A SOUTHAMPTON dad has told how he hated his appearance so much that he tried to take his own life.

"When I looked in the mirror I felt disgusted with myself," says Connor Moody-Russell, who tried to take his own life before his one-year-old daughter was born.

The 20-year-old warehouse worker was suffering from body dysmorphic disorder, which led him to have a distorted view of how he looked and to spend a lot of time feeling excessively anxious about his appearance.

He says that he began to feel self-conscious when a gym opened at his school.

"It was a gradual build up from when I was about nine," says Connor, who lives in Woolston.

"My physical appearance was making me feel sick and horrible about myself.

"I hated doing PE, especially when we had to go in the gym. It got very bad when everyone started going through puberty and seemed to be growing bigger and gaining muscle, and I wasn't I felt left out, although I wasn't especially small."

Connor's feelings went on to intrude on almost every aspect of his life.

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"I had social anxiety when I went out," he says.

"I always wore a coat, even in the summer, to cover myself up. And I refused to have photos taken of myself because I didn't like the way I looked."

Things reached a low in January 2016, when Connor was 17, when he tried to hang himself.

"I was beating myself up all the time," he says.

Luckily, before Connor tried to take his own life, he sent a text to a friend. The friend thought it was an odd message and went to Connor's home to check if he was OK, kicking in the front door and ultimately saving Connor's life.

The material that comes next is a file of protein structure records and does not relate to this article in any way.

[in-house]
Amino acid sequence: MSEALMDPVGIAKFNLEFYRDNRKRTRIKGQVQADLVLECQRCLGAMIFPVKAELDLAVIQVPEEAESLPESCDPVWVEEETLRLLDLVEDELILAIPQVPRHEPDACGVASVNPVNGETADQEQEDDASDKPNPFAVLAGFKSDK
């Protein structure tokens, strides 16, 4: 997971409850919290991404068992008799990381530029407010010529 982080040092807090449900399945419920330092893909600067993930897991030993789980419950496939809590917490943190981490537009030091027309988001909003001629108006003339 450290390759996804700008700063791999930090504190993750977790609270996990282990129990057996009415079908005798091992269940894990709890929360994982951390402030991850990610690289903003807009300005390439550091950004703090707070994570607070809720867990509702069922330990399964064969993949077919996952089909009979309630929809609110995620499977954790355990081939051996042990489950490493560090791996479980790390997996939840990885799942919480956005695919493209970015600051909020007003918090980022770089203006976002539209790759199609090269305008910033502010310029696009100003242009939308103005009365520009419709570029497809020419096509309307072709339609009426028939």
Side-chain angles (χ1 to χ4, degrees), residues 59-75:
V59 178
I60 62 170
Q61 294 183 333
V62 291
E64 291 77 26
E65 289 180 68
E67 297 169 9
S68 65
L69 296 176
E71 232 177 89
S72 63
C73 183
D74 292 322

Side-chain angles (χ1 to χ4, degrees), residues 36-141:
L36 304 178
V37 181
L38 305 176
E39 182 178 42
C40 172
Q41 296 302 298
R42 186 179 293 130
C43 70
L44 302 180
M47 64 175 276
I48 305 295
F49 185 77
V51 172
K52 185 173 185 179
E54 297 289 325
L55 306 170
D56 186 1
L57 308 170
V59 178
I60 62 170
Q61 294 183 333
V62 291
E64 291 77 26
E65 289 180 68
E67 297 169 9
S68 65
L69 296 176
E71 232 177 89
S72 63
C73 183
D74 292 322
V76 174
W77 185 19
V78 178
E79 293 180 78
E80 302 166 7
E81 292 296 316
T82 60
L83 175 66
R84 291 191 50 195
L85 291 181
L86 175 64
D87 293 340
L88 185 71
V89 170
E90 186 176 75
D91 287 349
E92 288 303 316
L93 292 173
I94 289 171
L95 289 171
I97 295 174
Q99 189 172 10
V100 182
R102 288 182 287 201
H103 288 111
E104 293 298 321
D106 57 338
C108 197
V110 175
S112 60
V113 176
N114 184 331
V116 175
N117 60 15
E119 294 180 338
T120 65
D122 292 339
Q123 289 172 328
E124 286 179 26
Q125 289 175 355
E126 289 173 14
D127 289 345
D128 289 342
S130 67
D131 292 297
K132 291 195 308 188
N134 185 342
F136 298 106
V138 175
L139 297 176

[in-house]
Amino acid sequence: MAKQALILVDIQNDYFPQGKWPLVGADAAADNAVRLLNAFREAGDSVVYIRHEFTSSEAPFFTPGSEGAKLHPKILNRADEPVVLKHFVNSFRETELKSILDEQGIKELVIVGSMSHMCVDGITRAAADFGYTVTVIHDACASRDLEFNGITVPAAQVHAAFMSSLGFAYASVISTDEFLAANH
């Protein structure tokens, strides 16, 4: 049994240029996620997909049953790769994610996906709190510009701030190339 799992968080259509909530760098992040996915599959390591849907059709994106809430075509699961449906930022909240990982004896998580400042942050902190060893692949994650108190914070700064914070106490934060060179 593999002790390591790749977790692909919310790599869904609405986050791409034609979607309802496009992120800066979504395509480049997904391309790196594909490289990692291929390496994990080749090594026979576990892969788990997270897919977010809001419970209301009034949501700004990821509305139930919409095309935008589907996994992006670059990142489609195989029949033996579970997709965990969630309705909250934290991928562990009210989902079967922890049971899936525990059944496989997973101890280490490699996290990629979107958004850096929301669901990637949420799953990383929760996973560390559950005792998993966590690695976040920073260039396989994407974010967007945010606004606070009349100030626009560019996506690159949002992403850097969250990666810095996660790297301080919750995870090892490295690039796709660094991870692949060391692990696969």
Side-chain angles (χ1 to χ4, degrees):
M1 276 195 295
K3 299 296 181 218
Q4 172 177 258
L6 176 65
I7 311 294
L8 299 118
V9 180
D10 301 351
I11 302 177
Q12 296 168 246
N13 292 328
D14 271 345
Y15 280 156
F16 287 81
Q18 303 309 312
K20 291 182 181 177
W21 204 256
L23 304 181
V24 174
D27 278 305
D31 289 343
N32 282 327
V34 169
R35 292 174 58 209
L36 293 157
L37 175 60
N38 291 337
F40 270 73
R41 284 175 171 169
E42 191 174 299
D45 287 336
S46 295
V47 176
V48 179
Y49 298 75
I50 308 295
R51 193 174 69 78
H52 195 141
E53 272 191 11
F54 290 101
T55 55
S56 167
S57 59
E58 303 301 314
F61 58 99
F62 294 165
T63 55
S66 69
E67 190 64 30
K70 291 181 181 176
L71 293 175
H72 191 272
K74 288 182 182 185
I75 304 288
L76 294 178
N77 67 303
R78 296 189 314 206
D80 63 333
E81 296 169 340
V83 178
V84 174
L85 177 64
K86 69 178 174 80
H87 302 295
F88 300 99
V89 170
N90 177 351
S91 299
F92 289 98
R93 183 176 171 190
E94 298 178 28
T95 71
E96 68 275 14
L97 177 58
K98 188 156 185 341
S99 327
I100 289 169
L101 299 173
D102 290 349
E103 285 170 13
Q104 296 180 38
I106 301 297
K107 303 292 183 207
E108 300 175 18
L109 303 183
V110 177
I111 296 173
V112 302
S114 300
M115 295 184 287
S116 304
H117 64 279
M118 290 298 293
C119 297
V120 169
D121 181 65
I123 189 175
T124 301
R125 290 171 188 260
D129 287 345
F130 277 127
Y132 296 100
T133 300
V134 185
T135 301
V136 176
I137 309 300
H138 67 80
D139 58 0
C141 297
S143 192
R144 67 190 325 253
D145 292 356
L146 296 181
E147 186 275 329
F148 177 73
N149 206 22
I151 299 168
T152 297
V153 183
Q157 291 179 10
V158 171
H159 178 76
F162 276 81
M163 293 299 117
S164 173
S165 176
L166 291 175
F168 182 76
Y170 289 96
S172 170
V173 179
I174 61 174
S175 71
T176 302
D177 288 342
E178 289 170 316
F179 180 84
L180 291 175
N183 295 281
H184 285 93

"Afterwards, I felt like an idiot," he said.

"That was the worst I got, although I do sometimes still struggle now."

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Fortunately, the incident frightened and distressed Connor and his family so much that it prompted him seek help from his GP.

He began receiving counselling, which he says has gone a long way to helping him to understand and manage his difficult feelings, and has been life-changing.

"It was coming from a lack of self-belief, and self-hatred but I don't know what the root of that was," he says.

"I think my body was what I was focusing on, what I was blaming."

He does, however, feel that men's fitness and body-building magazines may have contributed to his negative feelings about his body.

He says that he started to read these magazines because they featured articles on how to look better, but they didn't seem to work for him, so he thought there must be something wrong with him.

"I think they should give the reader more options and information," he says.

"They could give advice, like 'if it's out of control, stop!'"

Connor has teamed up with Fixers, the campaign which gives young people a voice to talk about issues that are important to them, and has made a short film to encourage young men to feel happy about how they look and to seek help if they don't.

"Society puts pressure on us through social media," he says.